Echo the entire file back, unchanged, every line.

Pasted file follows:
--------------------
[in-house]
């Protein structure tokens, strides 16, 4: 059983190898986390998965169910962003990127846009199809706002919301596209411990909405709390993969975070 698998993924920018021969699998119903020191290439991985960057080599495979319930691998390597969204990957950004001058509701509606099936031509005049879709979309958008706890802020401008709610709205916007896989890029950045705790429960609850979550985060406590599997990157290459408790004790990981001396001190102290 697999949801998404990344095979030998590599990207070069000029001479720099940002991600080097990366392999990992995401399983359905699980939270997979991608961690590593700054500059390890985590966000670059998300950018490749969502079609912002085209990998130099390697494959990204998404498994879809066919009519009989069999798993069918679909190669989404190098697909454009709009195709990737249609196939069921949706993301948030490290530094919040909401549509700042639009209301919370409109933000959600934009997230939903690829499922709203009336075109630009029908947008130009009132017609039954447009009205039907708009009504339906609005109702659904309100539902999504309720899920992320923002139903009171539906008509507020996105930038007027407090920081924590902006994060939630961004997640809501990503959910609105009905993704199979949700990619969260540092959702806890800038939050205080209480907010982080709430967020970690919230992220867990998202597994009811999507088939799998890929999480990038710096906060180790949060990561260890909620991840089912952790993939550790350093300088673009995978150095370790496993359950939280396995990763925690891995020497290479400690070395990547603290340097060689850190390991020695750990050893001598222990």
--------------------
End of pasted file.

[in-house]
């Protein structure tokens, strides 16, 4: 059983190898986390998965169910962003990127846009199809706002919301596209411990909405709390993969975070 698998993924920018021969699998119903020191290439991985960057080599495979319930691998390597969204990957950004001058509701509606099936031509005049879709979309958008706890802020401008709610709205916007896989890029950045705790429960609850979550985060406590599997990157290459408790004790990981001396001190102290 697999949801998404990344095979030998590599990207070069000029001479720099940002991600080097990366392999990992995401399983359905699980939270997979991608961690590593700054500059390890985590966000670059998300950018490749969502079609912002085209990998130099390697494959990204998404498994879809066919009519009989069999798993069918679909190669989404190098697909454009709009195709990737249609196939069921949706993301948030490290530094919040909401549509700042639009209301919370409109933000959600934009997230939903690829499922709203009336075109630009029908947008130009009132017609039954447009009205039907708009009504339906609005109702659904309100539902999504309720899920992320923002139903009171539906008509507020996105930038007027407090920081924590902006994060939630961004997640809501990503959910609105009905993704199979949700990619969260540092959702806890800038939050205080209480907010982080709430967020970690919230992220867990998202597994009811999507088939799998890929999480990038710096906060180790949060990561260890909620991840089912952790993939550790350093300088673009995978150095370790496993359950939280396995990763925690891995020497290479400690070395990547603290340097060689850190390991020695750990050893001598222990």